frustumPlane[1].a = viewProj._14 - viewProj._11; 
	frustumPlane[1].b = viewProj._24 - viewProj._21;
	frustumPlane[1].c = viewProj._34 - viewProj._31;
	frustumPlane[1].d = viewProj._44 - viewProj._41;

	// Top frustum Plane
        // Subtract second column of matrix from the fourth column
	frustumPlane[2].a = viewProj._14 - viewProj._12; 
	frustumPlane[2].b = viewProj._24 - viewProj._22;
	frustumPlane[2].c = viewProj._34 - viewProj._32;
	frustumPlane[2].d = viewProj._44 - viewProj._42;

	// Bottom frustum Plane
        // Add second column of the matrix to the fourth column
	frustumPlane[3].a = viewProj._14 + viewProj._12;
	frustumPlane[3].b = viewProj._24 + viewProj._22;
	frustumPlane[3].c = viewProj._34 + viewProj._32;
	frustumPlane[3].d = viewProj._44 + viewProj._42;

	// Near frustum Plane
        // We could add the third column to the fourth column to get the near plane,
        // but we don't have to do this because the third column IS the near plane
	frustumPlane[4].a = viewProj._13;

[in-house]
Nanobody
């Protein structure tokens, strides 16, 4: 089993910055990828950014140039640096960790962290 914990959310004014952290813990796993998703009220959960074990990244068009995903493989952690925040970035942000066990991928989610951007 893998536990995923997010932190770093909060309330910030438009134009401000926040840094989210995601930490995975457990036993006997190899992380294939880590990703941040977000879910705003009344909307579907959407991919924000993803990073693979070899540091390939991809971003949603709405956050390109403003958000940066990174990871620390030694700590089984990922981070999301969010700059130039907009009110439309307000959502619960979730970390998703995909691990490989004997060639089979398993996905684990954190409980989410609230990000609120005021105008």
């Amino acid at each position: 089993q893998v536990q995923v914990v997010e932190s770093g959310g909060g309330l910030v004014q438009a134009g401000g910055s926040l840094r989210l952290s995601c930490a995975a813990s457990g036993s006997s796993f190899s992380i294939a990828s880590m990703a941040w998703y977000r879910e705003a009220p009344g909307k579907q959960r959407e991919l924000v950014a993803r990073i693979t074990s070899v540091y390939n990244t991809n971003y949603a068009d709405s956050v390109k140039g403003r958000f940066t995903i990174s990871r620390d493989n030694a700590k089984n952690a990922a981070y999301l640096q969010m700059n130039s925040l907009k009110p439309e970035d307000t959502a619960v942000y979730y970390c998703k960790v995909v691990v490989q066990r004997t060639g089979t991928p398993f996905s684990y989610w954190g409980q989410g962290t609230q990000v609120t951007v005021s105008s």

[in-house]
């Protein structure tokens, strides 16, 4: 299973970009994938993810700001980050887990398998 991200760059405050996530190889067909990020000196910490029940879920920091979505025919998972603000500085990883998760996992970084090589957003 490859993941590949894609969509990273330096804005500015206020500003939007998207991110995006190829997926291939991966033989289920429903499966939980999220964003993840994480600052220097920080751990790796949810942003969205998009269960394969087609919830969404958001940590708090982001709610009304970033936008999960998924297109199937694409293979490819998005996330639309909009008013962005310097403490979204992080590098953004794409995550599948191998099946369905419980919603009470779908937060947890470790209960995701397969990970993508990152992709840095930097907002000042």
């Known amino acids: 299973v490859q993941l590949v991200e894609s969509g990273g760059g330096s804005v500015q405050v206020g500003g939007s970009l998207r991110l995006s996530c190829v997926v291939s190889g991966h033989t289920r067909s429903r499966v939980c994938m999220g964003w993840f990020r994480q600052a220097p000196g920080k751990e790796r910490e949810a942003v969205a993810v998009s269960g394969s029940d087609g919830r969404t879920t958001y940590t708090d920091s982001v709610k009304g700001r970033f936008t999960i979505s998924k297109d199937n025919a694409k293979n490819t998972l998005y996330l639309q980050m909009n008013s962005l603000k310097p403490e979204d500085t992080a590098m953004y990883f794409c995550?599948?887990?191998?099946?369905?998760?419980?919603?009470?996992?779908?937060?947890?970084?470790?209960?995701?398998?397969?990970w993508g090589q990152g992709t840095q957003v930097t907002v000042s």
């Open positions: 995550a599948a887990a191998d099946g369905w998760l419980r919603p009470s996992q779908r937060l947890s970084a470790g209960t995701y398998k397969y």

frustumPlane[4].b = viewProj._23;
	frustumPlane[4].c = viewProj._33;
	frustumPlane[4].d = viewProj._43;

	// Far frustum Plane
        // Subtract third column of matrix from the fourth column
	frustumPlane[5].a = viewProj._14 - viewProj._13; 
	frustumPlane[5].b = viewProj._24 - viewProj._23;
	frustumPlane[5].c = viewProj._34 - viewProj._33;
	frustumPlane[5].d = viewProj._44 - viewProj._43;


	// Normalize planes
	for(unsigned int p = 0; p < 6; p++) {
		float length = sqrt(
                    (frustumPlane[p].a * frustumPlane[p].a) + 
                    (frustumPlane[p].b * frustumPlane[p].b) + 
                    (frustumPlane[p].c * frustumPlane[p].c)
                );
		frustumPlane[p].a /= length;
		frustumPlane[p].b /= length;
		frustumPlane[p].c /= length;
		frustumPlane[p].d /= length;
	}
}
bool Camera::FrustumCullBoundingBox(const XMFLOAT3 &vecMin, const XMFLOAT3& vecMax) {
	for(unsigned int p = 0; p < 6; p++) {
		if(XMlaneDotCoord(&frustumPlane[p], &XMVectorSet(vecMin.x, vecMin.y, vecMin.z, 1)) >= 0.0f)
			continue;